The latest news from the Cambridgeshire & Peterborough Combined Authority:
A detailed report examining the feasibility of a metro system for Greater Cambridge and the wider region has found a 'compelling case' for the scheme.The Strategic Outline Business Case (SOBC), published this week, found the Cambridgeshire Autonomous Metro (CAM) would unlock significant growth, offers high value for money and would provide the transformational change required to the area’s under pressure transport network.It also identified that the cost of the pioneering scheme, estimated at around £4 billion, has the potential to be met through a range of funding sources.The report was commissioned by the Cambridgeshire & Peterborough Combined Authority and has been welcomed by its Mayor, James Palmer, as evidence that the delivery of CAM offers a world class, sustainable transport solution that will support ambitions for the future growth of the whole area.Both the economic and strategic case for the CAM, which was a key focus of the report, is described as particularly compelling. It found up to 100,000 jobs and 60,000 new homes could result from the CAM.
Mayor James Palmer has said growing pressure on existing transport infrastructure around Cambridge Biomedical Campus (CBC) makes a clear and urgent case for a study exploring the feasibility of an earlier interim railway station at Cambridge South. The full station at Cambridge South, which will serve the CBC, is not expected to be built until around 2027, with the Combined Authority one of four funding bodies for the current phase of works led by Network Rail. The Combined Authority Board in March will be asked to decide whether to approve a study into the feasibility of an interim station delivered years ahead of the full station, including how much it would cost.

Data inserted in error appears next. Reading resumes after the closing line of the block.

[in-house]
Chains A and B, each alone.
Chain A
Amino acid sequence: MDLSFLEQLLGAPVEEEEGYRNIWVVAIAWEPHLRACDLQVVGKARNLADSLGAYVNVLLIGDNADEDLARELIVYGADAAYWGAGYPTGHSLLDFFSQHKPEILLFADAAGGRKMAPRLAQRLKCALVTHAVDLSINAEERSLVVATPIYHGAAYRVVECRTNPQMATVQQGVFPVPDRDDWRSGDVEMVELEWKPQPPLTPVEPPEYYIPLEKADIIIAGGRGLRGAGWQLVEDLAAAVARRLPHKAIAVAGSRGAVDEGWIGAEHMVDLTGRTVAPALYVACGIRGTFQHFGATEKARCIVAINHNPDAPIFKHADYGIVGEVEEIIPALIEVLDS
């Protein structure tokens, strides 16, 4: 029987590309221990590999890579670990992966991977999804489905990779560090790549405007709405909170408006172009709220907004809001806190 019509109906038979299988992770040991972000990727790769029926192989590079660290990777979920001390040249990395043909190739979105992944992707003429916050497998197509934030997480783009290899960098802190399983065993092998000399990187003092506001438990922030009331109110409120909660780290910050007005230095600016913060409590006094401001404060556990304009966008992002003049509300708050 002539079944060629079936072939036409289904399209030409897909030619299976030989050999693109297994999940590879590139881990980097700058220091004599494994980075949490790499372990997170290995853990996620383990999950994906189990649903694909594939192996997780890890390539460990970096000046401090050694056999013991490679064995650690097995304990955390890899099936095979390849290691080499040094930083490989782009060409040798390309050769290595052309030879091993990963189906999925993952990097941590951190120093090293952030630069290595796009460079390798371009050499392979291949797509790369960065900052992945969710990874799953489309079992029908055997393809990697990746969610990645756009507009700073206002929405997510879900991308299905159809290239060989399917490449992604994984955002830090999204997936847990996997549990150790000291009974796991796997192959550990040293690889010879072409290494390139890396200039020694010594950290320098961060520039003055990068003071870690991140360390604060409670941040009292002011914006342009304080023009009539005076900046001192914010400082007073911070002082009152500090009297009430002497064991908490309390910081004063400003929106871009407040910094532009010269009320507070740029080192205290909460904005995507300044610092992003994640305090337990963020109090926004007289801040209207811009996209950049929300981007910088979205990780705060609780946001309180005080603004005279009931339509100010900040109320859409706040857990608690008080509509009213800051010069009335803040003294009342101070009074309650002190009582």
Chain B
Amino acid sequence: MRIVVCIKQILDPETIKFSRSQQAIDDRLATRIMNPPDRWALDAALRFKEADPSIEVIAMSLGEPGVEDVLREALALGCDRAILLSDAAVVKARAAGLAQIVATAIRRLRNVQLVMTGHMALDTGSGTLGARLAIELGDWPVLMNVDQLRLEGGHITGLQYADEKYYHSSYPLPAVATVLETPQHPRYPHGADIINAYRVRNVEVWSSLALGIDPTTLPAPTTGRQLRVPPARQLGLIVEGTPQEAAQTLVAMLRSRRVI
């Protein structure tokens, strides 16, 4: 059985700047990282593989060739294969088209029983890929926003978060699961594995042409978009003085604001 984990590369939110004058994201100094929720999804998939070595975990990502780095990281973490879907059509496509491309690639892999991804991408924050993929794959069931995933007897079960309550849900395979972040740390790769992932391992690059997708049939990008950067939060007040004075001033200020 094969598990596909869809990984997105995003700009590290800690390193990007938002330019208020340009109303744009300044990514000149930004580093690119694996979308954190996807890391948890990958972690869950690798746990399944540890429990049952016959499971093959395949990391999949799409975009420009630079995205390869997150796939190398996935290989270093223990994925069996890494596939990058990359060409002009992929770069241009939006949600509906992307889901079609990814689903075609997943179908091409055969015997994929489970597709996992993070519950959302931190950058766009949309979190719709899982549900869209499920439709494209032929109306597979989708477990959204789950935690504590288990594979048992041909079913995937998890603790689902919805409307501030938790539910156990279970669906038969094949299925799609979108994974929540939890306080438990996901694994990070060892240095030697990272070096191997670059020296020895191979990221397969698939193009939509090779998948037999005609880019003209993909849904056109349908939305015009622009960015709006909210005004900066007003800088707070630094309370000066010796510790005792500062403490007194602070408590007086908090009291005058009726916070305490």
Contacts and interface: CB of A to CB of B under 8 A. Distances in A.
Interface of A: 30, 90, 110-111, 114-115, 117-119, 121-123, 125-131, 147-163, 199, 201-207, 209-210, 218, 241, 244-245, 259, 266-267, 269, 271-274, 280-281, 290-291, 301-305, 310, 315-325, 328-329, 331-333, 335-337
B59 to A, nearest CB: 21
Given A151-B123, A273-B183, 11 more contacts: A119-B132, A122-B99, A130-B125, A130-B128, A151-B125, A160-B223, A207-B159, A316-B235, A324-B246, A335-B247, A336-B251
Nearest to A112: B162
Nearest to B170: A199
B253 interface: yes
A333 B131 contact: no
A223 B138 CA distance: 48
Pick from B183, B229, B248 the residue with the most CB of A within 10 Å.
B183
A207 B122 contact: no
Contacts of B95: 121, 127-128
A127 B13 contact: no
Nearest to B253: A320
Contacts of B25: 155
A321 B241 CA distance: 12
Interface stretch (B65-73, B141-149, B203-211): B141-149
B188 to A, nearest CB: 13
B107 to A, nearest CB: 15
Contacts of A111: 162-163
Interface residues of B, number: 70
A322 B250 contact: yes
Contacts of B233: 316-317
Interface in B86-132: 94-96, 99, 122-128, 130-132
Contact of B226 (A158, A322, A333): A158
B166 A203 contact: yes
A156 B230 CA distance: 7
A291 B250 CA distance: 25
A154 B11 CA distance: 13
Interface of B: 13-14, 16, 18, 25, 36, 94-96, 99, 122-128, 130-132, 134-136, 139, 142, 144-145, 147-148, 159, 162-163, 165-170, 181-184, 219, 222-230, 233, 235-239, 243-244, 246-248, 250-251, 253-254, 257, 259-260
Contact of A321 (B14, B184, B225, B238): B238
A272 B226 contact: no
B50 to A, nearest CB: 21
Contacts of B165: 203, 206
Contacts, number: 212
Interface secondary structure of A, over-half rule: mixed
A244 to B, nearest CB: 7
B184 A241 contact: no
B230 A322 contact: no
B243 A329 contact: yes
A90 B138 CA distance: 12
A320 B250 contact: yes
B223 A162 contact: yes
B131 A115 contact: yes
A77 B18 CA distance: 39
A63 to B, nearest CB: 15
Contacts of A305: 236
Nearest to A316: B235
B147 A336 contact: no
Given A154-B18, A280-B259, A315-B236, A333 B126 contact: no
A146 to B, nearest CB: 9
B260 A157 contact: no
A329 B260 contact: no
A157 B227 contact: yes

Mayor of Cambridgeshire & Peterborough James Palmer has said Government approval for a scheme to allow eight-car trains to operate on the frequently overcrowded route between King’s Lynn and Cambridge will be a welcome boost to rail users.
Cambridgeshire and Peterborough Mayor James Palmer has vowed to do everything he can to support a bid to allow eight-car trains to run between Cambridge, Ely and King’s Lynn, after Network Rail announced progress with plans to reduce overcrowding on the route at peak periods. The Great Northern service connecting King’s Lynn with London, which includes stops at Littleport, Ely, Waterbeach, Cambridge North and Cambridge stations, is hugely popular with commuters, but current infrastructure limits it to a four-car train between Cambridge and King’s Lynn and so is frequently overcrowded at peak times. Recognising the desire among train users, local representatives and Great Northern to increase capacity, Network Rail has been working on a scheme called the King’s Lynn Service Enhancement Project that will allow eight-car trains to operate between Cambridge and King’s Lynn at peak times.
THE Cambridgeshire and Peterborough Combined Authority (CPCA) today (Friday, September 14) welcome the findings of an in-depth, independent study by leading economists and academics, revealing why this area is so important for the future of the UK economy and how we can build on that success.
Government has today (Wednesday 21st March 2018) announced that a bid for £193m of Housing Infrastructure Funding (HIF) from the Cambridgeshire and Peterborough Combined Authority has taken an important step forward to co-development stage.
The confirmation of major Government investment into a new railway station for the south of Cambridge, as part of a wider east-west rail connectivity project, has been hailed by local partners as a ‘significant boost for the region’.
Board members have today voted unanimously to back a Combined Authority bid to Government for millions pounds of funding to deliver thousands of homes and new jobs in Cambridgeshire.
Cambridge’s newest rail station is already helping to speed up journeys for commuters into and out of the city less than two months after opening.